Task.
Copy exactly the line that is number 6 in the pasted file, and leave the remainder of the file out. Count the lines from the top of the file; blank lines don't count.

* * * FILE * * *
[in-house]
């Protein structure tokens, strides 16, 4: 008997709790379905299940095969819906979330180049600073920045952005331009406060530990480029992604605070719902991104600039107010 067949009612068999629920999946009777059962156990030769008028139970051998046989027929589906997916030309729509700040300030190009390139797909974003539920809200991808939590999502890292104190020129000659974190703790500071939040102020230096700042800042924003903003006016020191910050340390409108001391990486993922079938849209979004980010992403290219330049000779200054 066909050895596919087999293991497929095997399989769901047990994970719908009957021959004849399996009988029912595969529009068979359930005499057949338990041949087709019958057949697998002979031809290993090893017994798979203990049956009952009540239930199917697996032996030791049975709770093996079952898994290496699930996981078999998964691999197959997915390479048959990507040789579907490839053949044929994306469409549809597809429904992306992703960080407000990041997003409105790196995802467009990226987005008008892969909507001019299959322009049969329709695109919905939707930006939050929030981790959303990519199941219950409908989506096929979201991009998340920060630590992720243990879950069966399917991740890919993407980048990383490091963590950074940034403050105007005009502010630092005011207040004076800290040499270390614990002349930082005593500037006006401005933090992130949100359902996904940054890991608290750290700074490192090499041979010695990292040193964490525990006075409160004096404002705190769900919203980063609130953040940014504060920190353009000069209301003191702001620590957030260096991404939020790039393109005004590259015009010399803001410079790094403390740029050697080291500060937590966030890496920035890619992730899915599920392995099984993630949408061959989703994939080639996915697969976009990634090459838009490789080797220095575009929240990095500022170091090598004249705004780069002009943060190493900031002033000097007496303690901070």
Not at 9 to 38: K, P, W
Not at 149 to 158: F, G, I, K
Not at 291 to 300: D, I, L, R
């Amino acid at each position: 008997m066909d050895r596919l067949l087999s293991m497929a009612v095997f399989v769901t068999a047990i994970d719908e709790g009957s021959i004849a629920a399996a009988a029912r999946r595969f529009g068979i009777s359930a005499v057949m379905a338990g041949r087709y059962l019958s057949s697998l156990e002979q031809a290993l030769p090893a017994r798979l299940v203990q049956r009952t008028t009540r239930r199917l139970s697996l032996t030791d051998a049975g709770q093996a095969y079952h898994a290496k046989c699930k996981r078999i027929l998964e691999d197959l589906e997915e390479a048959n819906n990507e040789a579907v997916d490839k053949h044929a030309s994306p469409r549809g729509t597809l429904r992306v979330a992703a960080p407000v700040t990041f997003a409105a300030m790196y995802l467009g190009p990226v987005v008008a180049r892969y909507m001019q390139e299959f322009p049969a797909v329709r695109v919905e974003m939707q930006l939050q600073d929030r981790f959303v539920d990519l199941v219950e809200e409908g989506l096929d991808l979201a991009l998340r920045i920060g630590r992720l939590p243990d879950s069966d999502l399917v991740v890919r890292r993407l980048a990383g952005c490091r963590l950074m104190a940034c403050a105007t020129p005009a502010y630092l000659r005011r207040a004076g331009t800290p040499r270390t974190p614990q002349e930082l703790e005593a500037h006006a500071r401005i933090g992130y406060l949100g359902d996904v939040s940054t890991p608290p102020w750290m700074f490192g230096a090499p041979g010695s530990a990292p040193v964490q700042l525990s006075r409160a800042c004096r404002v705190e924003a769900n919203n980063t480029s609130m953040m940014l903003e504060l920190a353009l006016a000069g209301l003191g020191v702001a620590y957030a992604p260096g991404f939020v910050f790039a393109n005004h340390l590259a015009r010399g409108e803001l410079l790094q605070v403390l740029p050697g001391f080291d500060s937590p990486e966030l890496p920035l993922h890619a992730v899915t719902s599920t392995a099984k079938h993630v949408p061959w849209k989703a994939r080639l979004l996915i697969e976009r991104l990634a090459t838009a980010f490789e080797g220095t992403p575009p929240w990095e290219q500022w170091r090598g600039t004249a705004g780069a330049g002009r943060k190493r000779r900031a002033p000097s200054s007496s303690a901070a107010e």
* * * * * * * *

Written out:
């Amino acid at each position: 008997m066909d050895r596919l067949l087999s293991m497929a009612v095997f399989v769901t068999a047990i994970d719908e709790g009957s021959i004849a629920a399996a009988a029912r999946r595969f529009g068979i009777s359930a005499v057949m379905a338990g041949r087709y059962l019958s057949s697998l156990e002979q031809a290993l030769p090893a017994r798979l299940v203990q049956r009952t008028t009540r239930r199917l139970s697996l032996t030791d051998a049975g709770q093996a095969y079952h898994a290496k046989c699930k996981r078999i027929l998964e691999d197959l589906e997915e390479a048959n819906n990507e040789a579907v997916d490839k053949h044929a030309s994306p469409r549809g729509t597809l429904r992306v979330a992703a960080p407000v700040t990041f997003a409105a300030m790196y995802l467009g190009p990226v987005v008008a180049r892969y909507m001019q390139e299959f322009p049969a797909v329709r695109v919905e974003m939707q930006l939050q600073d929030r981790f959303v539920d990519l199941v219950e809200e409908g989506l096929d991808l979201a991009l998340r920045i920060g630590r992720l939590p243990d879950s069966d999502l399917v991740v890919r890292r993407l980048a990383g952005c490091r963590l950074m104190a940034c403050a105007t020129p005009a502010y630092l000659r005011r207040a004076g331009t800290p040499r270390t974190p614990q002349e930082l703790e005593a500037h006006a500071r401005i933090g992130y406060l949100g359902d996904v939040s940054t890991p608290p102020w750290m700074f490192g230096a090499p041979g010695s530990a990292p040193v964490q700042l525990s006075r409160a800042c004096r404002v705190e924003a769900n919203n980063t480029s609130m953040m940014l903003e504060l920190a353009l006016a000069g209301l003191g020191v702001a620590y957030a992604p260096g991404f939020v910050f790039a393109n005004h340390l590259a015009r010399g409108e803001l410079l790094q605070v403390l740029p050697g001391f080291d500060s937590p990486e966030l890496p920035l993922h890619a992730v899915t719902s599920t392995a099984k079938h993630v949408p061959w849209k989703a994939r080639l979004l996915i697969e976009r991104l990634a090459t838009a980010f490789e080797g220095t992403p575009p929240w990095e290219q500022w170091r090598g600039t004249a705004g780069a330049g002009r943060k190493r000779r900031a002033p000097s200054s007496s303690a901070a107010e």